The tiny Proteus motor, at only 2.5 times the width of a human hair, is small enough to enter the bloodstream and perform duties previously requiring some surgical slice-and-dice.
Researchers at Australia's Monash University developed the tiny motor to minimalise the risk of certain, more invasive surgeries. After being injected into the bloodstream, it can carry a camera and other sensors to monitor a patient without the danger that cutting and sewing presents. To move, it uses a spinning tail that spirals at 1295 RPM, and uses piezoelectricity (which uses mechanical stress to create electrical potential) for energy.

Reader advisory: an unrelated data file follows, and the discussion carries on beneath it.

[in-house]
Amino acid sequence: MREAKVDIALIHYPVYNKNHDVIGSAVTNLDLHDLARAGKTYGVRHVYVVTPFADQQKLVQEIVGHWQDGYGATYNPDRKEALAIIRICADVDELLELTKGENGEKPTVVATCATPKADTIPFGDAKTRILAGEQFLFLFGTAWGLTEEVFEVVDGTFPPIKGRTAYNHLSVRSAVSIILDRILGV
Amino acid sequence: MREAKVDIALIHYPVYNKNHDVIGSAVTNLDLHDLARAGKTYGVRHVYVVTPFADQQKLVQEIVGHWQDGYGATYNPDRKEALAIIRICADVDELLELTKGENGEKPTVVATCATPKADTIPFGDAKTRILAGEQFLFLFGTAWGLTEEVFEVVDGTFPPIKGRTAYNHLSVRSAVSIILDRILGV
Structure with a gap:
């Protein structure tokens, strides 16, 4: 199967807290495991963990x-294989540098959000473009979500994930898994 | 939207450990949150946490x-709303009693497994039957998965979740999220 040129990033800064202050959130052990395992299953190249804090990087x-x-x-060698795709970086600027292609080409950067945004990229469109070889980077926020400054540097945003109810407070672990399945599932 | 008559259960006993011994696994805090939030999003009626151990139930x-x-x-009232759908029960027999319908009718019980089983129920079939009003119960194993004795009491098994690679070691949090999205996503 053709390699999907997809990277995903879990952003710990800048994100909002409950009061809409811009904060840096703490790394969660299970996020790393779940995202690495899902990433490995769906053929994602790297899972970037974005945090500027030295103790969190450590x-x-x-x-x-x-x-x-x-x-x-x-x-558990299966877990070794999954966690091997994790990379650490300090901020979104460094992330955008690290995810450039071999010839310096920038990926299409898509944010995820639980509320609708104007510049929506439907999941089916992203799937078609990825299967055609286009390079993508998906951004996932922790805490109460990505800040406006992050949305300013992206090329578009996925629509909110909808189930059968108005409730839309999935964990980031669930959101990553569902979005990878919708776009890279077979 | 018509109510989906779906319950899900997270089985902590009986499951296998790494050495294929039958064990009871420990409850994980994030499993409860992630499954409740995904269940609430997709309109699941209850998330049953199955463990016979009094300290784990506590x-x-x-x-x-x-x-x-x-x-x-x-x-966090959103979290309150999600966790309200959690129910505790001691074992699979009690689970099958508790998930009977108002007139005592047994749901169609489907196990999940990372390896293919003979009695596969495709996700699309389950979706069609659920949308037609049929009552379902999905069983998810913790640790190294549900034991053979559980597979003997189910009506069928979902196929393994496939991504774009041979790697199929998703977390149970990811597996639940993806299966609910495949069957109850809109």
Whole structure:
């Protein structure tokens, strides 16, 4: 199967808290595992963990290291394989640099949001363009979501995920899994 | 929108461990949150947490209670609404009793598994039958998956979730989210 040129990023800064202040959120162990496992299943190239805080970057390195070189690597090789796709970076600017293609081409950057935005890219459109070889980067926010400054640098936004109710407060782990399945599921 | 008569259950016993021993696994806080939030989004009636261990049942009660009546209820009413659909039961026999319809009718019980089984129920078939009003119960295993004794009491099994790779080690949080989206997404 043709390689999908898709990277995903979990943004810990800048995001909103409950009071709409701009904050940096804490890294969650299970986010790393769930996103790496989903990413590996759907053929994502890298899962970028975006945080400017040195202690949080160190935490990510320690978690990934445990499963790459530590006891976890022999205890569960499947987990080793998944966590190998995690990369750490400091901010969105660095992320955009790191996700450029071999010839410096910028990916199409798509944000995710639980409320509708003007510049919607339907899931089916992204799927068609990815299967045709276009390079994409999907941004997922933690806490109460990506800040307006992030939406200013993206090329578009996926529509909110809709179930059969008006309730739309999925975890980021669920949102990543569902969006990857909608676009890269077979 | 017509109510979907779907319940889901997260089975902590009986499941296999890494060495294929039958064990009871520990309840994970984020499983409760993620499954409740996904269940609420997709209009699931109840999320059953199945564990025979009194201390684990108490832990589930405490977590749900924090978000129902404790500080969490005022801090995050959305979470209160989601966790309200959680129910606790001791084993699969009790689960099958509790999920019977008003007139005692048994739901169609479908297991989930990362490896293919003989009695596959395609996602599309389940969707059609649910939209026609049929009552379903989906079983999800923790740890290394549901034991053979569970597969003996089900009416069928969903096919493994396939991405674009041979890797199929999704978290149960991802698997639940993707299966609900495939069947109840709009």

Oh, and here's my required Fantastic Voyage reference: This bloodstream sperm motor is named for that movie I never saw! [GizMag]